Queue excitement, followed swiftly by panic. Sure! I could write a book in a month. People do that all the time during NaNoWriMo. I made myself a schedule and spent nearly every soccer practice camped out with my laptop. Thankfully, the characters were very cooperative, telling me who they were and what they wanted. The plot was a bit more elusive, and as I approached the end, I realized there was a major hole that needed to be fixed. With a deadline fast approaching, I locked myself in my writing room one weekend and brainstormed until I figured out how to untwist the mess I had made and give the book a proper ending.

Wanna know a secret? That is not easy when your book consists of nothing but poetry. You have to figure out a way to move or rewrite in chunks while keeping the story flowing and the poems intact. When I finished the first draft, I brought it to my husband and asked him to, “Please tell me if this sucks.” He’s a no BS kinda guy, so I knew he’d be honest. And he was. He told me it didn’t suck and helped me fix the parts that were confusing or unclear. I’m deeply thankful for his insight and for my other three beta readers: Adrienne, Alexis, and Carla, who were able to quickly give me notes before I turned it into my editor. And for the random student I met during an instant admit session who answered my questions about Autobody classes. I think his name was Joe. Thank you.

I’m also deeply indebted to my editor, Caitie. Her notes are always kind and helpful, and my favorite part of the process was when I turned in my first draft and she called me a “writing superhero”. Her faith in me has been a huge confidence boost.

Sadly, the journey from acceptance to release day hasn’t been sunshine and rainbows. The pandemic caused a lot of problems in the publishing industry, especially in educational publishing. I originally wrote and planned to publish this post on October 1, but on that day there were no books available to order. I haven’t gotten my author copies yet, and the library rejected the request to carry it because their supplier didn’t have any copies. But my friends, family, and coworkers have been encouraging – sending me texts, pre-ordering the book, letting me read some of the poems at our weekly meeting. And my mom called to say her friends were all excited to get their copies. I’m thankful for all of that, truly.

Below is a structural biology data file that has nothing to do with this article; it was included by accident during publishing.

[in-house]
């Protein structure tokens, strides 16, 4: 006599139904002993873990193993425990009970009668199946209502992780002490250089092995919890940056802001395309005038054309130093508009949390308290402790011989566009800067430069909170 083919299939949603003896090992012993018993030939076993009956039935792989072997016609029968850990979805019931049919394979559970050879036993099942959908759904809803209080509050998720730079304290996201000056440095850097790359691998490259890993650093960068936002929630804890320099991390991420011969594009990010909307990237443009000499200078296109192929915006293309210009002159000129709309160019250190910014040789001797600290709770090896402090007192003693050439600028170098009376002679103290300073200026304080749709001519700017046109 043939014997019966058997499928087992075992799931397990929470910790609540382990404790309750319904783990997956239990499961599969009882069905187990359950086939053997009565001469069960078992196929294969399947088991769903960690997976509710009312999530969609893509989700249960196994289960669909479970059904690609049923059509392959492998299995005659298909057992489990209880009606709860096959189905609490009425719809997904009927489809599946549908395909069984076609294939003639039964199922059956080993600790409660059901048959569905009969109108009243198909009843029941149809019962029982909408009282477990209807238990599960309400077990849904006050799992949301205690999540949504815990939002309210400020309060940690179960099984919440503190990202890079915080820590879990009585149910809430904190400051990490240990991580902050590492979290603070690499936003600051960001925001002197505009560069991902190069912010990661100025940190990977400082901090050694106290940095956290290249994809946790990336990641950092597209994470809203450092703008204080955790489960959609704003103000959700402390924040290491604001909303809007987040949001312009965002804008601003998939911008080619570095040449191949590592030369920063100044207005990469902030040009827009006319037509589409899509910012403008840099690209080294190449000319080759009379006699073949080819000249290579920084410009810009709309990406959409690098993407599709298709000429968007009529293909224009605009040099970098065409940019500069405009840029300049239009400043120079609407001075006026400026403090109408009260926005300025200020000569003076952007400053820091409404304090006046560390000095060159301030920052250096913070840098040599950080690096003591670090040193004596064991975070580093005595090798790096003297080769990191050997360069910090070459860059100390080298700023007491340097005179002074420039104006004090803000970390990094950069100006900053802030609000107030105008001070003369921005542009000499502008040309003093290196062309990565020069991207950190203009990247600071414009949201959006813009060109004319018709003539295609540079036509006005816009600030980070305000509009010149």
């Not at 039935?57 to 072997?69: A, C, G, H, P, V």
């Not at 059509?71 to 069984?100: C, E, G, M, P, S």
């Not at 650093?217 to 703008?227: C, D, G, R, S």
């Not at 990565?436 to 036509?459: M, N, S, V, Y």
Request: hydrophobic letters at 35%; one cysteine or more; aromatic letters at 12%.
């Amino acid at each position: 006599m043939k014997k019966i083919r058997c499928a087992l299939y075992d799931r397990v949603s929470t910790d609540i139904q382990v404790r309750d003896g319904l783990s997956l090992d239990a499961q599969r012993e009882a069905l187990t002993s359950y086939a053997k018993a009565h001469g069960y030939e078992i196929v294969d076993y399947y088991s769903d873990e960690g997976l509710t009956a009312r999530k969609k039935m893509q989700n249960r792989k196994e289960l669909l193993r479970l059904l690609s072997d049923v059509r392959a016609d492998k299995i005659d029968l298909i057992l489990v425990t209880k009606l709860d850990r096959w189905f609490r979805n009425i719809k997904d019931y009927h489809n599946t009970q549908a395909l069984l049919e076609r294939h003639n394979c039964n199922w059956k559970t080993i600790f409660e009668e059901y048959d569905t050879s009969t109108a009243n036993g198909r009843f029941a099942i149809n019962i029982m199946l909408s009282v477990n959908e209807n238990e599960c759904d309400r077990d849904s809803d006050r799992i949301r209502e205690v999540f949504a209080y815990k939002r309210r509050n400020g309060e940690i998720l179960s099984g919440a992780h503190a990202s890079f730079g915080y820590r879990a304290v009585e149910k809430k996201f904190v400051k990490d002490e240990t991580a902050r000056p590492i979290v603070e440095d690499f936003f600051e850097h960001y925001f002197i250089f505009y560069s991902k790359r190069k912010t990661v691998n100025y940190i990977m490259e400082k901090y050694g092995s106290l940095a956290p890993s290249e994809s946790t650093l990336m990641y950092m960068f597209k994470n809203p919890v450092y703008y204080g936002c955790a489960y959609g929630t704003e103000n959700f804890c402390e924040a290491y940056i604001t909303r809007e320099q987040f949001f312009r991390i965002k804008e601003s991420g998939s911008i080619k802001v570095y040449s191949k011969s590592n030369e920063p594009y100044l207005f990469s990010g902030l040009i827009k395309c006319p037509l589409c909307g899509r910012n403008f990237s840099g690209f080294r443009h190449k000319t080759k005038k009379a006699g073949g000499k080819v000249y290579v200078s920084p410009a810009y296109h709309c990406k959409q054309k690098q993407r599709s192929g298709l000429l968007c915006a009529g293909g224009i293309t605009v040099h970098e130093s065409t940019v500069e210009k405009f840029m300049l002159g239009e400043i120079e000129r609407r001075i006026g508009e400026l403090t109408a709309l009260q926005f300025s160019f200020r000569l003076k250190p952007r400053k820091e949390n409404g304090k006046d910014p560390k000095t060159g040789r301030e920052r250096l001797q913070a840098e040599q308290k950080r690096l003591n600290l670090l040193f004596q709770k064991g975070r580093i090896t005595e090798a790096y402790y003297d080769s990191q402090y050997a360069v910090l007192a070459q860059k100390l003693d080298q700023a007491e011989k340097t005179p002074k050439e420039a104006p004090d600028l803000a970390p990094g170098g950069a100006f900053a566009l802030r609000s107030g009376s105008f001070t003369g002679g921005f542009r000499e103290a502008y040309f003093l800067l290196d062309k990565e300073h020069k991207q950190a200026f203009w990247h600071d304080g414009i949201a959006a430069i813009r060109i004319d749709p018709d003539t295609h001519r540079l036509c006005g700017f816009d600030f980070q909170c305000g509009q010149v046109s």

There is so much I love about writing – I love creating characters and stories, of letting my mind wander into all the what-if’s. I love the way it feels like therapy sometimes, like it’s this free, easy way to work through the garbage in my head. But I mostly love when someone reads something I’ve written and tells me how it made them feel. When a student admits my book is the first he’s ever finished and another sends me the poem she felt inspired to write.

I went into a few classrooms to talk about Second in Command, and I am hopeful that I’ll be able to do that again someday. In the meantime, if I can get my procrastinator’s butt into gear, I’ll put together some video clips of me reading the book and would love to find ways to interact virtually with my readers. Stay tuned.

In the meantime, here are the links to order a copy if you’re so inclined:
West44 Books
Amazon

And if you read the book, please leave a review. Thank you all, for the support. ❤

2 thoughts on “Behind the scenes of my second verse novel